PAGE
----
Many midterm races from last night remain uncalled, but the Republican Party did not deliver the midterm death blow to the Biden administration that some analysts and pundits expected. Republican gains in both houses of Congress look marginal at best, with candidates supported by former President Donald Trump underperforming severely.
No Red Wave: Election Results
Much remains uncertain about the outcome of the 2022 midterm elections. The GOP may yet gain a slim advantage in both the Senate and the House. It is mildly favored in the latter, while the Democrats are slightly favored to retain control of the former.
Several races have many as yet uncounted ballots, and some in both the Senate and the House may face recounts. It also seems likely that the Georgia Senate race between Herschel Walker and Raphael Warnock will go to a December runoff which could well dictate control of the chamber.
Flipping either or both houses of Congress represents a consequential win for the Republicans. However, measured against the expectations of a major GOP victory that had developed over the last week, as well as more general expectations about the performance of the opposition party in midterm elections, the results look very nearly disastrous. Despite running against a relatively unpopular incumbent President during high inflation, rising crime, and international disorder, the GOP failed to make substantial gains.
Trump and the GOP’s Foreign Policy Divide
The election did not deliver a stunning blow to the Biden administration’s foreign policy.
The Ukraine-Russia War does not appear to have had an impact anywhere but on the margins. Mainstream Republicans tended to perform better than candidates who espoused former President Trump’s views on foreign policy, suggesting that even the GOP will be flexible on Ukraine aid.
The exception is JD Vance, who managed to hold a GOP Senate seat in Ohio and who, on the campaign trail, was one of the strongest critics of the Biden administration’s engagement with Ukraine.
However, even Vance significantly underperformed expectations in a state that has increasingly shifted red. Other candidates hand-picked or heavily supported by Trump, including Dr. Mehmet Oz in Pennsylvania, went down to defeat in winnable races.
Florida: The Real Red Wave
One area in which the GOP performed very strongly was the state of Florida.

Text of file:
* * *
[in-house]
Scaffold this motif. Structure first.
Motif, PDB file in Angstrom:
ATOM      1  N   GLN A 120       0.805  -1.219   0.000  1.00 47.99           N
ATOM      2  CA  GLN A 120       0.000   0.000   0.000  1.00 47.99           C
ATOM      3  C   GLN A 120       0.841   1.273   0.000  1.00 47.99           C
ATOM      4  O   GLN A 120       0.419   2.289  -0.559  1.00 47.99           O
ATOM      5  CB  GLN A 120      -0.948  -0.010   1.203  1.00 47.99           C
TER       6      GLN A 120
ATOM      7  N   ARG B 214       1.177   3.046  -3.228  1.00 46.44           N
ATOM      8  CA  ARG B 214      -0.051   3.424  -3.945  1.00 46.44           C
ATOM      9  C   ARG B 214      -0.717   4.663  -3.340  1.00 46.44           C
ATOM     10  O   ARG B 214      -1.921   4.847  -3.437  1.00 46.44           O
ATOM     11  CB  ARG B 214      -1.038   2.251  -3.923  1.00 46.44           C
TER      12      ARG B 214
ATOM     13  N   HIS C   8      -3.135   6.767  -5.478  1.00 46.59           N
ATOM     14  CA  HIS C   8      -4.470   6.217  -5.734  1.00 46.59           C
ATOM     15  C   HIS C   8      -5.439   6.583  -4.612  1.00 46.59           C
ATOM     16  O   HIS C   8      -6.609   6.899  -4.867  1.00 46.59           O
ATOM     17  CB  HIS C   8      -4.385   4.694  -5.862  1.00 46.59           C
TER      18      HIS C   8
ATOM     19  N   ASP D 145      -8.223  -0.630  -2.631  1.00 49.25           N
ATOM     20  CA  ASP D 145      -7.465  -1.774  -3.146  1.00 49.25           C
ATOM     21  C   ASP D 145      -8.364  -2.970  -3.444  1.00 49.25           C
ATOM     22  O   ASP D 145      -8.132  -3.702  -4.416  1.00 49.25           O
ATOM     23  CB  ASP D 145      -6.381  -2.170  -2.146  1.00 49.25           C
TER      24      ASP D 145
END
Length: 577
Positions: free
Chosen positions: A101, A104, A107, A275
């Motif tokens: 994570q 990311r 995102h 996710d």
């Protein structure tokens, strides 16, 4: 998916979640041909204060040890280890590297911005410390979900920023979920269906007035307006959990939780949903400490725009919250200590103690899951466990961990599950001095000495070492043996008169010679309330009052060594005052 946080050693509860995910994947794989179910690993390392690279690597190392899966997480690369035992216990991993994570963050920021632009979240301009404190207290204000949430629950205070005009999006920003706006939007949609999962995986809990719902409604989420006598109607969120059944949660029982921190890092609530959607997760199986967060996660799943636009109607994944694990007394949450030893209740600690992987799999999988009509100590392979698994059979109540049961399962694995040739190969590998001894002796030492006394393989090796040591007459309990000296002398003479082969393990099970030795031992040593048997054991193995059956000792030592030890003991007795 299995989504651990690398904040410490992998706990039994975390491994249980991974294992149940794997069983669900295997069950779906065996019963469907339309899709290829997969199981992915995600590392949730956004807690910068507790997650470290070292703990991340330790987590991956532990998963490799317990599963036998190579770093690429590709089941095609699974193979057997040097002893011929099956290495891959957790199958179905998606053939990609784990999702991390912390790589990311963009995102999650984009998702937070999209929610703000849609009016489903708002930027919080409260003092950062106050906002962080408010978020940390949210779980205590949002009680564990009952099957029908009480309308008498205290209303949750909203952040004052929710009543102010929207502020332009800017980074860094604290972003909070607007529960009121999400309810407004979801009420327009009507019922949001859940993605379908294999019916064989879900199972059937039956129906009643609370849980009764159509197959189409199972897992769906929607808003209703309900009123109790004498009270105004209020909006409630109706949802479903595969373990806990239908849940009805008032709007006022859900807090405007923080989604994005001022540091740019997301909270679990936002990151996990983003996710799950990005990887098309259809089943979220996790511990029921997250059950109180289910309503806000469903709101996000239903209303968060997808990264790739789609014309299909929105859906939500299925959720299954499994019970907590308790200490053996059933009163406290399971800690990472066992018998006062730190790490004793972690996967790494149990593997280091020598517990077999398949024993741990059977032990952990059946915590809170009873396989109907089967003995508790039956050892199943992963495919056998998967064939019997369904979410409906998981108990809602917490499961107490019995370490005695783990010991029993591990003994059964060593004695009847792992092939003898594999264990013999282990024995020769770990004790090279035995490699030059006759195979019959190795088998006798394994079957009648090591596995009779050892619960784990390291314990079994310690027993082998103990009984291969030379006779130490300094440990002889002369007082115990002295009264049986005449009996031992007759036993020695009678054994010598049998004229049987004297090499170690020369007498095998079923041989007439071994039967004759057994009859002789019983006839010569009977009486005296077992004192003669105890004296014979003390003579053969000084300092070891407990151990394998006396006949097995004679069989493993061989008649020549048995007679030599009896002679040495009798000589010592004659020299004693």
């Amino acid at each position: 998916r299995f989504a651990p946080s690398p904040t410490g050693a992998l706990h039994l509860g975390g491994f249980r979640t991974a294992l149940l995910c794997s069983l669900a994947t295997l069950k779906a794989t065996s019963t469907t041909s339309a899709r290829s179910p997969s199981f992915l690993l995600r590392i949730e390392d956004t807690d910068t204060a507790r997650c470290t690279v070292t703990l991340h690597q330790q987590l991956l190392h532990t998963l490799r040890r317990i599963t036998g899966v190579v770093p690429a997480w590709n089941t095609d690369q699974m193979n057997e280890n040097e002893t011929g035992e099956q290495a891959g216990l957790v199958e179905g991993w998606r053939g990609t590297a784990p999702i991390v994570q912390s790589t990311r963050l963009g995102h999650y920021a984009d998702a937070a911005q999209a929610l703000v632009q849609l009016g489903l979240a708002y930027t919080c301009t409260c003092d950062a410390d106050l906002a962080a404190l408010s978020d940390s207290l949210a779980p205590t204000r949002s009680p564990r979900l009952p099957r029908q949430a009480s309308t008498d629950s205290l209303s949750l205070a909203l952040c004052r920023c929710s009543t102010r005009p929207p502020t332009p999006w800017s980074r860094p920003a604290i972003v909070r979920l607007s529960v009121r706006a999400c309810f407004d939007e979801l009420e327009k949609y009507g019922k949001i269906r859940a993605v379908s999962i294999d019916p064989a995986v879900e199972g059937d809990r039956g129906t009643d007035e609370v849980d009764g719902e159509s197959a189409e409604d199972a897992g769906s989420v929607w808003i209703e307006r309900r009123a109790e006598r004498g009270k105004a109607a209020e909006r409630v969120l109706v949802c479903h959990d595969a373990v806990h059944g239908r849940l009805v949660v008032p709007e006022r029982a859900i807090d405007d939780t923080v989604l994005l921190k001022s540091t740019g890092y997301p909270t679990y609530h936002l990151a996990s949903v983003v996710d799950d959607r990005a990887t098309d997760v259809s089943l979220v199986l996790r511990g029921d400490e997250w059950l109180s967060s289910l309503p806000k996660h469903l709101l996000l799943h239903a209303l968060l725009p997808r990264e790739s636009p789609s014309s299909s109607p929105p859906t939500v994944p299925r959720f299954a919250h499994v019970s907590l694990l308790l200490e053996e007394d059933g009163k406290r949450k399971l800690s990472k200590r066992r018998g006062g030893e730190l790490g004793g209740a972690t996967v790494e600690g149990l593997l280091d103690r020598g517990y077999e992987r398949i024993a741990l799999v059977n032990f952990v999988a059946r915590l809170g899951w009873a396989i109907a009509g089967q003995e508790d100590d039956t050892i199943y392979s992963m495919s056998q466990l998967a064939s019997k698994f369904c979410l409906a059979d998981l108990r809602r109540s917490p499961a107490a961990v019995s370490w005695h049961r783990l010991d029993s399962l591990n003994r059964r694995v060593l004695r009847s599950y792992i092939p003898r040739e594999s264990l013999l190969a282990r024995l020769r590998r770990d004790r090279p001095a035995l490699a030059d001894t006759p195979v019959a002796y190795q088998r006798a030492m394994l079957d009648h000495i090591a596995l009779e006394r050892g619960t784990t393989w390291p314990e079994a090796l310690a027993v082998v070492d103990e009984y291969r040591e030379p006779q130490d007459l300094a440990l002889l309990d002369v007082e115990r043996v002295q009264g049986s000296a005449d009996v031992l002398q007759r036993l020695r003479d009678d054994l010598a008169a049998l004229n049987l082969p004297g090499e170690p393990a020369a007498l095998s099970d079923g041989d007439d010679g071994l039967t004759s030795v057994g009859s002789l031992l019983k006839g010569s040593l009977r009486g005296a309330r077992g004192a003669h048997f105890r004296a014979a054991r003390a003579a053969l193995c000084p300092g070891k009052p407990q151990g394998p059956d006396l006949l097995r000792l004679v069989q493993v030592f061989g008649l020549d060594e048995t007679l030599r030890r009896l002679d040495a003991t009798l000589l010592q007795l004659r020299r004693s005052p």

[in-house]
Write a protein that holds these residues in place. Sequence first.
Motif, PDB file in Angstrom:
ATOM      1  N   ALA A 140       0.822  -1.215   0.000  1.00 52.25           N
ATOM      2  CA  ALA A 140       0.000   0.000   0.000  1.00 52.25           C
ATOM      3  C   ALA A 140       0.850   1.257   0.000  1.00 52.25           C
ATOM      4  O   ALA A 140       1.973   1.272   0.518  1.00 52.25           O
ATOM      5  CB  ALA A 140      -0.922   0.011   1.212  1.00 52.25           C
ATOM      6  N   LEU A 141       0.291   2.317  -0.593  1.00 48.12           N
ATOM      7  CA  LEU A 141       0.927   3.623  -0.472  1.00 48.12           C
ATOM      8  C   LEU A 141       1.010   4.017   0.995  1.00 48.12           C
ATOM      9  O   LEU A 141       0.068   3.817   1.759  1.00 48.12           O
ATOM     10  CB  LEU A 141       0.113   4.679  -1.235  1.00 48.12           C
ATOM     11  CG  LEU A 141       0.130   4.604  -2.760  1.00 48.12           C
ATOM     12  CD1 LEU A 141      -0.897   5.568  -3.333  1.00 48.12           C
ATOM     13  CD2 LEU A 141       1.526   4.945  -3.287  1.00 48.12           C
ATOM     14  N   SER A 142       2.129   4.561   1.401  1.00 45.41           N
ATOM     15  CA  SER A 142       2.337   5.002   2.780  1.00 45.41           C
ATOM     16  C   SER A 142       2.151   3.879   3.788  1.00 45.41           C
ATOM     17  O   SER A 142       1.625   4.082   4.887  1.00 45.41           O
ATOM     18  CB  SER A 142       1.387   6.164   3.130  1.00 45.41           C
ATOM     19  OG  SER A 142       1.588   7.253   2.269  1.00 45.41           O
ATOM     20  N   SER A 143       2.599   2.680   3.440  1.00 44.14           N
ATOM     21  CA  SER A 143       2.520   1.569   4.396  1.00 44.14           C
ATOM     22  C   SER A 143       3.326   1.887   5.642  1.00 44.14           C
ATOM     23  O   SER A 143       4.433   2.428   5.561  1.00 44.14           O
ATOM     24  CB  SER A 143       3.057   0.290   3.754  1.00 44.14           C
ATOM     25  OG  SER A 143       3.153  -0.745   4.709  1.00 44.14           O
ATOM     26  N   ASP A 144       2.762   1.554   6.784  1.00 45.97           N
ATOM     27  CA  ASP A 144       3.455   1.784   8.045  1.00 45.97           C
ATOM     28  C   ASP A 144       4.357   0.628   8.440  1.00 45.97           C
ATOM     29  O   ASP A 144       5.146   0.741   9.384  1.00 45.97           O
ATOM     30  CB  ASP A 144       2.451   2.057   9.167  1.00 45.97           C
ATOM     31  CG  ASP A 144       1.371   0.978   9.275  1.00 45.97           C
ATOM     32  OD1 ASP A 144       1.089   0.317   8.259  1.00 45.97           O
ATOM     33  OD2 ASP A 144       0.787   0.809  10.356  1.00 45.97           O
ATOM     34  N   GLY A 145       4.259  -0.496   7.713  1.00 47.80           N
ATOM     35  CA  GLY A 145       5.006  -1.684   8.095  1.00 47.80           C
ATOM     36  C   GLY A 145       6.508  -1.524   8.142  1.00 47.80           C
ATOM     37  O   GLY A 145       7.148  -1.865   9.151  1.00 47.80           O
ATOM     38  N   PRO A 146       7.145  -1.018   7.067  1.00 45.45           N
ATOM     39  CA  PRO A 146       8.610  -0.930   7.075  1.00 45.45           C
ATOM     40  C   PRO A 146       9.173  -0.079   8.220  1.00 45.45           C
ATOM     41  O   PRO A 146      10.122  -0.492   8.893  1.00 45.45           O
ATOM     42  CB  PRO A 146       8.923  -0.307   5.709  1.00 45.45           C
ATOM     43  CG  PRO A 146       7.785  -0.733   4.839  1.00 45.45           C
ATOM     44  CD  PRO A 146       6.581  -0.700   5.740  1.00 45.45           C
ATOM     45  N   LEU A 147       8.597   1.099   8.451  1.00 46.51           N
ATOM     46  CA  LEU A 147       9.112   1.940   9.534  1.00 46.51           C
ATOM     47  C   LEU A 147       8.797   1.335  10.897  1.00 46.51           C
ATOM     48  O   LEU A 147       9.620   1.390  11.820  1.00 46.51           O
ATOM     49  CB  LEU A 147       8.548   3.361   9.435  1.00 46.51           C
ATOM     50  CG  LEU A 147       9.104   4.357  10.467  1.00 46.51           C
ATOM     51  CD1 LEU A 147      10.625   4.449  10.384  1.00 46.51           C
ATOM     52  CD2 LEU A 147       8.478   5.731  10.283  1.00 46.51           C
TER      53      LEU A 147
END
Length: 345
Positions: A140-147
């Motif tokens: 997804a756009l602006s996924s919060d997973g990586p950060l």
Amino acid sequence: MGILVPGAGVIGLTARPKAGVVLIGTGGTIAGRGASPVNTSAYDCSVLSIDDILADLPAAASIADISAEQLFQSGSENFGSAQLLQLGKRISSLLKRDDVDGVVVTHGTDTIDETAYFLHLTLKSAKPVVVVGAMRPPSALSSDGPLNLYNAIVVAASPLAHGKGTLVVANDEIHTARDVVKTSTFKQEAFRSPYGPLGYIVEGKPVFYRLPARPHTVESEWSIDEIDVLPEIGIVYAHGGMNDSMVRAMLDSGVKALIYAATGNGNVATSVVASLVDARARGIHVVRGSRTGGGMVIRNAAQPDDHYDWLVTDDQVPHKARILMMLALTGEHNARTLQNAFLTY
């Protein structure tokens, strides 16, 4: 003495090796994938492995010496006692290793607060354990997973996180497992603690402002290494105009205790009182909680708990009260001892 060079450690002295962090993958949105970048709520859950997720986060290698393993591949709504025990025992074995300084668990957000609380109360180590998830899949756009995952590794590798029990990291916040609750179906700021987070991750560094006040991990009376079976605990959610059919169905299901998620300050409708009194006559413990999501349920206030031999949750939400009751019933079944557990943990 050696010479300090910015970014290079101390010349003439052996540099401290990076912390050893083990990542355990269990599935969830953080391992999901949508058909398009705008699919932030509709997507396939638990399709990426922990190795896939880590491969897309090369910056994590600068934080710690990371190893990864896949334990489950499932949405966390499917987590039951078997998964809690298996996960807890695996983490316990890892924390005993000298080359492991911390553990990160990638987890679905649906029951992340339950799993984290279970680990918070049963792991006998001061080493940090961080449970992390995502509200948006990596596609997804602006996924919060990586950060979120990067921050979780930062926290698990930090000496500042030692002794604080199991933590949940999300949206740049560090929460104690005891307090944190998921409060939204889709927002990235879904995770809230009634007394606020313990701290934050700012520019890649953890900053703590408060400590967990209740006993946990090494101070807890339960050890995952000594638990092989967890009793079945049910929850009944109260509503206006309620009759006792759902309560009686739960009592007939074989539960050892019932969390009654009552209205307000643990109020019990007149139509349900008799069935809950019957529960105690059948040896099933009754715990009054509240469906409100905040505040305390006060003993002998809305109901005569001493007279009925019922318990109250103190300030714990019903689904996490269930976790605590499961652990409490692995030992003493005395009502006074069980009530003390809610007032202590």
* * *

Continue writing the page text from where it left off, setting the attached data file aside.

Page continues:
Governor Ron Desantis, Senator Marco Rubio, and others performed well ahead of Trump’s 2020 benchmark, suggesting that the state is trending heavily in the red direction.
This is undoubtedly good for the GOP, but it could have unpredictable effects on foreign policy. Democratic policy towards Latin America has been hamstrung for decades by the need to appeal to voters in the Cuban and, more recently, Venezuelan disaporas. If Florida is out of reach for the Democrats, the Biden administration could gain more space for negotiating a way out of Washington’s long-term confrontations with Havana and Caracas. The latter is particularly important given tight energy markets worldwide, and a handshake between President Nicolas Maduro and former Secretary of State John Kerry at a climate conference in Egypt.
Reducing Florida’s leverage could also have an impact on Middle East policy, as Florida is home to a concentration of older, conservative Jewish and Evangelical voters who have tended to strongly support Israel.
What Happens Now?
The election could have gone better for the Dems, but it could have gone much better for the Republicans.
There is no question that the GOP underperformed relative to what we would have expected of the opposition party during a midterm election, especially in the context of President Biden’s low approval ratings.
Given that the unanimous voice of the punditry insisted that an impending “red wave” would force the Democrats into an introspective spiral, it is perhaps worth wondering what the Republicans did to earn such a disastrous showing.
The first and biggest answer may be “Donald Trump,” although whether a candidate such as Florida Governor Ron Desantis can take advantage of any perceptions of vulnerability remains unclear. It does not appear that Republican messaging on inflation, crime, or immigration allowed the GOP to capture much momentum.
The overruling of Roe vs. Wade, followed by months of incoherent Republican messaging on abortion may also have played a role, and it’s possible that many moderate voters simply don’t trust the GOP after the January 6 insurrection.
Still, the importance of the final determination over control of the House and Senate cannot be overemphasized, regardless of who won the expectations game. A world in which the GOP controls one or both houses is much different than a world in which the Democrats continue to hold the House-Senate-Presidency trifecta.
A 19FortyFive Contributing Editor, Dr. Robert Farley has taught security and diplomacy courses at the Patterson School since 2005. He received his BS from the University of Oregon in 1997, and his Ph. D. from the University of Washington in 2004. Dr. Farley is the author of Grounded: The Case for Abolishing the United States Air Force (University Press of Kentucky, 2014), the Battleship Book (Wildside, 2016), and Patents for Power: Intellectual Property Law and the Diffusion of Military Technology (University of Chicago, 2020). He has contributed extensively to a number of journals and magazines, including the National Interest, the Diplomat: APAC, World Politics Review, and the American Prospect. Dr. Farley is also a founder and senior editor of Lawyers, Guns, and Money.
UPDATE: We fixed two small typos – thanks to a loyal reader for pointing them out.
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